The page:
Merging BSCC leadership roles limits opportunities for reform
On May 15, 2013, Governor Brown submitted a budget trailer bill to appoint the Board of State and Community Corrections (BSCC) Executive Officer to be the BSCC Board Chair. Additionally, the bill changes the conflict of interest laws to allow for public employees to vote on the distribution of funds to their own agencies. This conflict of interest should cause concern for policymakers, reform advocates, and practitioners alike.
The relationship between the Board Chair and the Executive Officer sets the tone for the Board’s future success. The Penal Code provides that while the Executive Officer is appointed by the Governor and is the administrative lead, the Board Chair is designated as the Secretary of the California Department of Corrections and Rehabilitation (CDCR) and shapes the agenda. A good partnership between the two should result in constructive disagreement and open dialogue, thus fostering innovation and ultimately successful outcomes.
Keeping the positions distinct establishes a balance that draws on the expertise of both parties. It also ensures that neither role oversteps their authority or works only to invest in their personal interest. It’s a checks and balances system that is ingrained in every part of American government.
Why then, would Governor Brown move away from this system? U.S. corporations have long merged these roles, to provide unilateral leadership through which change can occur faster. This relies heavily on the knowledge and integrity of the person selected, and can result in abuses of power, as seen in the recent financial crisis. California has taken a strong stance on ensuring safeguards against providing this kind of concentration of authority, including a separation of powers clause in the state constitution and a ballot initiative process.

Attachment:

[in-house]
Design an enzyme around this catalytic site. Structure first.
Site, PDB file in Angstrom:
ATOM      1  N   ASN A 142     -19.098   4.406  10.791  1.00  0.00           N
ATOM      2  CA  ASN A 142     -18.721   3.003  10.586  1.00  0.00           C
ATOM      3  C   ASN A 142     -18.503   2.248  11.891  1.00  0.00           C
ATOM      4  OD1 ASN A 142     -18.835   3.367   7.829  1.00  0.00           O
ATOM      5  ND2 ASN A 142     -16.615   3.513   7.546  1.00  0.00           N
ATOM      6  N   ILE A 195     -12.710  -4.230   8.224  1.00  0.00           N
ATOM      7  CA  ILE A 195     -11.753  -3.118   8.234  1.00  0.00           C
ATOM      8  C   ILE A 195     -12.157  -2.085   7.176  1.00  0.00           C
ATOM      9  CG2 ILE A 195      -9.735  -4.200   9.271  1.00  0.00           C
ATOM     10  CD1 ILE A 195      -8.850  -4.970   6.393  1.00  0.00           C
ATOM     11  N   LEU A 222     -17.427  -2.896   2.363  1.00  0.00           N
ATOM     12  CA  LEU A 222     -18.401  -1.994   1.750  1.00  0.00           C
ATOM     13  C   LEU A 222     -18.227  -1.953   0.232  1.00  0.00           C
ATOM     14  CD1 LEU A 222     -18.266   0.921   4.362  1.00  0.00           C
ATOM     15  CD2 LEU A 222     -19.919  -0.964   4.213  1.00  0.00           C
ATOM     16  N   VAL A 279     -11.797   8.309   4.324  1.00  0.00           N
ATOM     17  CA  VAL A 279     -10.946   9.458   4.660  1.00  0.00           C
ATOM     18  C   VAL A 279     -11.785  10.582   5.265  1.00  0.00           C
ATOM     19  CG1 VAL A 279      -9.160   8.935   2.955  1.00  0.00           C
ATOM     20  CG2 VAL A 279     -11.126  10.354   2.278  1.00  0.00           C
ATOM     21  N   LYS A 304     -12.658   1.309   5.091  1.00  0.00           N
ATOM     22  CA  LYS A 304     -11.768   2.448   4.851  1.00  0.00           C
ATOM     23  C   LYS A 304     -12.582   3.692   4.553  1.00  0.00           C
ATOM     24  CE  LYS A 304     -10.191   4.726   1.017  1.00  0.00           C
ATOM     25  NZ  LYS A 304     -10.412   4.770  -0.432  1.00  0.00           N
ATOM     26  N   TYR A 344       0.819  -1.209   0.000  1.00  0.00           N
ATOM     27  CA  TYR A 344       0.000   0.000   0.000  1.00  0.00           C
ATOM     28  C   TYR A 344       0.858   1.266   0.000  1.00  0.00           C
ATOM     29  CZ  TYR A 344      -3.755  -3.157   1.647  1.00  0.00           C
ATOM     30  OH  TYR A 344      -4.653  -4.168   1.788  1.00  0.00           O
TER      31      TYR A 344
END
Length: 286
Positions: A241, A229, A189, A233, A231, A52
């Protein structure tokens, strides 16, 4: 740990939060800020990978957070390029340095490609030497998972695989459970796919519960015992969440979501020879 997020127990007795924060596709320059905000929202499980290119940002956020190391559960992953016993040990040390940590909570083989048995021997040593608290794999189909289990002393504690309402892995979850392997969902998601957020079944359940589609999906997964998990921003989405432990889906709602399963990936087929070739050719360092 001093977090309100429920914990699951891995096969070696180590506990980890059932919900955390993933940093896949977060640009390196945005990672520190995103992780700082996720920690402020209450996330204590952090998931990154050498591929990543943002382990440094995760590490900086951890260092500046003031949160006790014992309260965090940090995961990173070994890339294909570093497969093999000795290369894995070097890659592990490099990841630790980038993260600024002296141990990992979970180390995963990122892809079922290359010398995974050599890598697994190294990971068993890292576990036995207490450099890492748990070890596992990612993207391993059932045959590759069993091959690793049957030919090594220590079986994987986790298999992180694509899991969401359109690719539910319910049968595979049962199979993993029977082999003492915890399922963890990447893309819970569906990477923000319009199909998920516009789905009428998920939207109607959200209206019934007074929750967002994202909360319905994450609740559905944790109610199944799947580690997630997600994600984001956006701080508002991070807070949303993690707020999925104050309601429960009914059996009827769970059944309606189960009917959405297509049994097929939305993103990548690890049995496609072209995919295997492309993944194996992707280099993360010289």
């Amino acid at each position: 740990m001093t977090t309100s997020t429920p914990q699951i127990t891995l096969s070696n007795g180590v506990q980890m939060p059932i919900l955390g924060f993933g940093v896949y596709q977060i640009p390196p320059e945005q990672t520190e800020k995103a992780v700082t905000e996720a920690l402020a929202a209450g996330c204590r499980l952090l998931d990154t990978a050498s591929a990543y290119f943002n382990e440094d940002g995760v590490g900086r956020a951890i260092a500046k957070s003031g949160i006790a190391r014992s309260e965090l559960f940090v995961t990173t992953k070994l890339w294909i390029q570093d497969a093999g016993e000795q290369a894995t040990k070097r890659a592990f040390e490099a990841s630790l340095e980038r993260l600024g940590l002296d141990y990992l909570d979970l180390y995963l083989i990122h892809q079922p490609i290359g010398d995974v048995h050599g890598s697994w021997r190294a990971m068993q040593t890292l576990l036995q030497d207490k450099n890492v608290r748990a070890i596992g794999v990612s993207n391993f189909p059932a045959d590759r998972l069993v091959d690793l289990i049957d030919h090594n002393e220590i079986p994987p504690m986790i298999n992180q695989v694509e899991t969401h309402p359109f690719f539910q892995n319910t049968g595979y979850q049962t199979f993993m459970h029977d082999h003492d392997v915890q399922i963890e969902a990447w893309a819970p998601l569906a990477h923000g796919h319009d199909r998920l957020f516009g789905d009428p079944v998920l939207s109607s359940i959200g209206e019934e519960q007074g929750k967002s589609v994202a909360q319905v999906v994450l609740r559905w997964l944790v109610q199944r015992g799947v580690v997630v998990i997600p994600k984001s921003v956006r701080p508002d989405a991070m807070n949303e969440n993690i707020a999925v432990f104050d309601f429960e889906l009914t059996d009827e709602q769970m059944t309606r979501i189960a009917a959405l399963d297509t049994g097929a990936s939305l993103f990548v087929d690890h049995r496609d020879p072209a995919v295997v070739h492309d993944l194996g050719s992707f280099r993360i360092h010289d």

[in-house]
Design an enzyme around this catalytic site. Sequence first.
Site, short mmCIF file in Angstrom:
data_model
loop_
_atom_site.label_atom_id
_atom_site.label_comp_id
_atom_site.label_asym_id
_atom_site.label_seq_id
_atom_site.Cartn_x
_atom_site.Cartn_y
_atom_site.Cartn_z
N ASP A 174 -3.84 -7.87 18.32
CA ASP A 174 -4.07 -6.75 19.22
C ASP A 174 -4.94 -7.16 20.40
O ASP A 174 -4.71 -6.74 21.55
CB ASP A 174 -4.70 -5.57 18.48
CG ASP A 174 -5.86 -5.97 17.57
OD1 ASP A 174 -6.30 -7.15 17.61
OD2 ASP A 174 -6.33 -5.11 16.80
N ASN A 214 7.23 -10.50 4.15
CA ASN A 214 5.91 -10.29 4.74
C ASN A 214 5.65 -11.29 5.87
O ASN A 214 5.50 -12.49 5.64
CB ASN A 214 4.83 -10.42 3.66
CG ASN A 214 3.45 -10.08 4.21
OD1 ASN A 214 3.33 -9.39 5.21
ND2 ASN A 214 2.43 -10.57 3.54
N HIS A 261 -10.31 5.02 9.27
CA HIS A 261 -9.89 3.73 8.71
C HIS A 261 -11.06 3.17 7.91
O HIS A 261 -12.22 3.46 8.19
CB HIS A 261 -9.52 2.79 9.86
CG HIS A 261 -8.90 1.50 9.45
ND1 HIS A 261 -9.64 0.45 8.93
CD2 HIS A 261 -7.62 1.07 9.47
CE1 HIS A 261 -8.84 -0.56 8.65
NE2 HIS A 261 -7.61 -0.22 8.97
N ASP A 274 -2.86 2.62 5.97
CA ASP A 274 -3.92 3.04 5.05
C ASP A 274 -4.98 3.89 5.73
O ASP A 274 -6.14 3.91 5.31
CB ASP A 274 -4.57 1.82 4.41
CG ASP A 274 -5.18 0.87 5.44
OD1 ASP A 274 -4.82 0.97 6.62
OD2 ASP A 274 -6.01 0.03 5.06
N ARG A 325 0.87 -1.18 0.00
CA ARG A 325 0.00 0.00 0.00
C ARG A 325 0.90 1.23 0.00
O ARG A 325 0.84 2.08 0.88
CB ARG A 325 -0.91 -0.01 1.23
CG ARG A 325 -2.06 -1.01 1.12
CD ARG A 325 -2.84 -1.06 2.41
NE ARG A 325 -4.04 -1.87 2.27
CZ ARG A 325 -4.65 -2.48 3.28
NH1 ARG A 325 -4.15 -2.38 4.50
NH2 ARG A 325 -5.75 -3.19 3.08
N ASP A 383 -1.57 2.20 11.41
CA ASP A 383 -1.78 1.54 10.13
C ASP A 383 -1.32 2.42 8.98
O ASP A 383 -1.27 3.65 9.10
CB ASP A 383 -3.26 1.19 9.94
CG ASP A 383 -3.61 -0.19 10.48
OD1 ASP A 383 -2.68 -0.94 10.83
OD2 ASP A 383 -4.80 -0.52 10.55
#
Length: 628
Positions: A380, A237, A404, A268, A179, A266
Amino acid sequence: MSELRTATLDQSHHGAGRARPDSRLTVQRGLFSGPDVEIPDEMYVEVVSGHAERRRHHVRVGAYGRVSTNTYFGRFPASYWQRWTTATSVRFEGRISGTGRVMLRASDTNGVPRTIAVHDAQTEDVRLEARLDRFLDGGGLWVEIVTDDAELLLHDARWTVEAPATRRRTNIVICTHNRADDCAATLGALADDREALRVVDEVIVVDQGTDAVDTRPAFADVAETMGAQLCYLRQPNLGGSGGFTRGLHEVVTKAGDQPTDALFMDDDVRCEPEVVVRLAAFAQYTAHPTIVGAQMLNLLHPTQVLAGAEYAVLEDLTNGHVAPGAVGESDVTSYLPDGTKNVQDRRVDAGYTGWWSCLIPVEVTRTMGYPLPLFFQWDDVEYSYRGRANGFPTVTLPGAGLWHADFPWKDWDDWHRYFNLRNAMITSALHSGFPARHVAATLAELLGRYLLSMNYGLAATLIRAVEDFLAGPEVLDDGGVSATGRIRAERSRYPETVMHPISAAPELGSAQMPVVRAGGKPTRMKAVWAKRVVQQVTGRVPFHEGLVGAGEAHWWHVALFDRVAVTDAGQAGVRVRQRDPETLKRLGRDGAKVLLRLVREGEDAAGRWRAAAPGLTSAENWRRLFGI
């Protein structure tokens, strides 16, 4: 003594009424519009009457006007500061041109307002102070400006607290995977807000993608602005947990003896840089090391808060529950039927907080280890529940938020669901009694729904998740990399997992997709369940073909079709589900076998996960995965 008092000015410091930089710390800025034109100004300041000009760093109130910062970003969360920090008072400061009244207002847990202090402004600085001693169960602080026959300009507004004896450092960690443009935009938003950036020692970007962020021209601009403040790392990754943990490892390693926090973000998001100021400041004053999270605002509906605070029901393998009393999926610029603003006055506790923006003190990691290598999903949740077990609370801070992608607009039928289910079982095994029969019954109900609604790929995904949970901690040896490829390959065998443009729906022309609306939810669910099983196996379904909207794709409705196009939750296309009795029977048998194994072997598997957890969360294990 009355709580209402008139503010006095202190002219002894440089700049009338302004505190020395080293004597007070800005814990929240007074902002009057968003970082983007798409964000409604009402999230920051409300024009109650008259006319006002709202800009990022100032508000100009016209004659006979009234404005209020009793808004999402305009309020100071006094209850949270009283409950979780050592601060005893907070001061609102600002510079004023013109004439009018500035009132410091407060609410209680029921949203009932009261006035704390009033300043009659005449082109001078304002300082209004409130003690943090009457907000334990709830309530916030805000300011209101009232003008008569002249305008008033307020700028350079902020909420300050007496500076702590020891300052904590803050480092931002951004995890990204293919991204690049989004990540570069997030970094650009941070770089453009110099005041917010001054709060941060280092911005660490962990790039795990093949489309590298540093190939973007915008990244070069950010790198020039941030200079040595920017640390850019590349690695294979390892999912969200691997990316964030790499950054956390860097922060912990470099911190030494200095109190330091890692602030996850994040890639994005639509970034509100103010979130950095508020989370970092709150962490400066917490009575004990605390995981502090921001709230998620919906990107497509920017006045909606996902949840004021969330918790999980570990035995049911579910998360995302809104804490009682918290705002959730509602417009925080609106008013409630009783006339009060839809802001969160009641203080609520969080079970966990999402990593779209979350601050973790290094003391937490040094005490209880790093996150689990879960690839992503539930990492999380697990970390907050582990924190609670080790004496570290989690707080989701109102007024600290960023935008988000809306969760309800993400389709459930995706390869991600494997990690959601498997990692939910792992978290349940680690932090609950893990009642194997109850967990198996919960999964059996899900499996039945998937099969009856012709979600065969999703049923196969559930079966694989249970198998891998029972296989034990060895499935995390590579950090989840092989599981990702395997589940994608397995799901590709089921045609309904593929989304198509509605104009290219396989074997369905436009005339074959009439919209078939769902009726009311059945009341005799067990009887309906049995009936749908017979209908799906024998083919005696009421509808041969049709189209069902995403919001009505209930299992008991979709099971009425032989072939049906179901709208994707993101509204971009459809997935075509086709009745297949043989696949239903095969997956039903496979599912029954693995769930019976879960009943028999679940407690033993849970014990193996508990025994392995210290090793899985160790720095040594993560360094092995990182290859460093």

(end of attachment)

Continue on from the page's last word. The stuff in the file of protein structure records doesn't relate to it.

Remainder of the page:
The BSCC was formerly established within the CDCR as the California Standards Authority, but was recreated as an independent board on July 1, 2012. One of the Board’s responsibilities is to monitor the conditions in state prisons, thus its new autonomy provides a safeguard from a conflict of interest. Similarly, the BSCC is charged with distribution of state and federal public safety and construction funds to county law enforcement agencies. While the board consists predominantly of law enforcement officials, the current conflict of interest laws protect the Board from potential abuses of power and funding allocation mismanagement. Additionally, the dual leadership and conflict of interest laws provide some opportunity for a more varied dialogue, and for community partners to be heard.
While the lethargic pace of the BSCC’s progress is frustrating, we should be wary of placing all BSCC leadership responsibilities onto one person or removing important safeguards for funding allocations. Doing so diminishes the knowledge base and experience of BSCC leadership and provides less opportunity for innovation, diversity and reform.
Posted in Blog, Political Landscape
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